Environmental Racism in the U.S

Environmental racism refers to the practices and policies that cause disadvantages (whether intentionally or unintentionally) among individuals, groups, or communities based on race, ethnicity, and color (Bullard 91). Historically, communities of color and lower income communities have received less environmental protection compared to their white, affluent counterparts. For example, according to Quan Yuan, the distribution of warehousing facilities in Los Angeles, California are disproportionately located in low income, minority communities, and this has brought about environmental concerns due to the increase of freight vehicles polluting the environment. Additionally, these warehouses affect the livability of these communities and how residents interact with their surrounding environment, as many of these warehouses store toxic and hazardous chemicals (289). These chemicals can pollute the air or seep into the ground and cause health issues among the residents living near these facilities. Lower income, minority communities are at a greater risk of developing health issues, such as cancer, due to disproportionate exposure to these toxic chemicals (Pastor 21). 

Source: Image by Wake Forest University with caption “The Fight for Environmental Justice is a Fight for your life.”

Three main causes of environmental injustices are economic, sociopolitical, and racial factors (Yuan 291). As a result, many economic and political policies have been used to justify the establishment of waste and other storage facilities in these communities, as they do not have the political power to protest the establishment of these facilities in their neighborhoods, or have financial resources to move out of these communities. For example, the policy of Not in My Backyard (NIMBY) has been used against communities of color, as white communities have used this to ensure that hazardous waste facilities will not be located in their affluent neighborhoods (Bullard 90). However, new policies, such as Not in Anyone’s Backyard (NIABY) were established to ensure that everyone lives in an environmentally safe community, even people of color and those in lower socioeconomic groups.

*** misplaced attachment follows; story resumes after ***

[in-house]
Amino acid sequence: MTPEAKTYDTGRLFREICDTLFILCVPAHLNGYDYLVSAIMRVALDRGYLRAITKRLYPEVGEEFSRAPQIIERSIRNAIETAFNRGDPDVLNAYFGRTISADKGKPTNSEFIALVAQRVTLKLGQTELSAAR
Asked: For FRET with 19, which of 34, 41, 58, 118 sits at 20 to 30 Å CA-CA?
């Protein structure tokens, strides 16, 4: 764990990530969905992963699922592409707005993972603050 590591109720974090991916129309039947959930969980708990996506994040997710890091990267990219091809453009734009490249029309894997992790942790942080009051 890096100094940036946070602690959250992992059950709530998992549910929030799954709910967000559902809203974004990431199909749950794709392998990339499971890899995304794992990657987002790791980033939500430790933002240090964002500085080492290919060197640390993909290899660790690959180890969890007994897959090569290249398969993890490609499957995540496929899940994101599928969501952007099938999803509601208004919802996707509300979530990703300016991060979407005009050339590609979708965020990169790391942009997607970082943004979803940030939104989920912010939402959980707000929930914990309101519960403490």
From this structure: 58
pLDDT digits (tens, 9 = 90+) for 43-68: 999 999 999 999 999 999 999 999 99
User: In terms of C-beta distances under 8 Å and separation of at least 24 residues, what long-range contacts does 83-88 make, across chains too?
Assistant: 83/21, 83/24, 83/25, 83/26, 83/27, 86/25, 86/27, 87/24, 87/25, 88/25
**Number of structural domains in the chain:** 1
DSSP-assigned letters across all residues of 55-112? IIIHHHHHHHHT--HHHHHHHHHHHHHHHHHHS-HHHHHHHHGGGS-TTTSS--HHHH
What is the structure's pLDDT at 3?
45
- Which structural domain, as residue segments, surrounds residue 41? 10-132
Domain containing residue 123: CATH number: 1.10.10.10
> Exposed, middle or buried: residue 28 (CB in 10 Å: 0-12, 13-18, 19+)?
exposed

Two case studies will be examined, the Campo Kumeyaay Landfill, located in San Diego, California, and the Old Smokey trash incinerator, located in Miami, Florida, as examples of environmental racism, as well as the counter-movement of environmental justice. Additionally, these case studies exhibit slow violence, which is defined by injustice over time as multiple generations deal with the impacts of these environmental issues, as solutions have yet to be met and implemented (Skotnicki 300). For example, many of these families have lived in these affected communities for years, as they do not have the financial resources to move or the political power to bring about any real change. Their children, grandchildren and generations to come will suffer these same environmental injustices, as they are trapped in this cycle of slow violence. The onset of the Environmental Justice movement, however, has given those affected by environmental racism and other injustices the opportunity to raise their voices and work towards change, and to ensure that everyone of all colors, races, ethnicities, and socioeconomic backgrounds have clean, safe living conditions. 

Video published by The Atlantic on June 6, 2017.

Works Cited:

Bullard, Robert D. “Confronting Environmental Racism in the Twenty-First Century.” The Colors of Nature: Culture, Identity, and the Natural World, by Alison Hawthorne Deming and Lauret E. Savoy, Milkweed Editions, 2011, pp. 90–97. (Course material). 

Pastor, Manuel. et al. “Environment, Disaster, and Race After Katrina.” Race, poverty & the Environment. Vol.13. no. 1. Summer 2006. p. 21-26.

Skotnicki, Tad. “Unseen Suffering: Slow Violence and the Phenomenological Structure of Social Problems.” Theory & Society, vol. 48, no. 2, Apr. 2019, pp. 299–323. EBSCOhost, doi:10.1007/s11186-019-09343-7.

Yuan, Quan. “Environmental Justice in Warehousing Location:State of the Art.” Journal of Planning Literature, vol. 33, no. 3, August 2018, pp. 287–298. EBSCOhost, doi:10.1177/0885412217753841.

Case Studies:

Campo Kumeyaay Landfill and Old Smokey Incinerator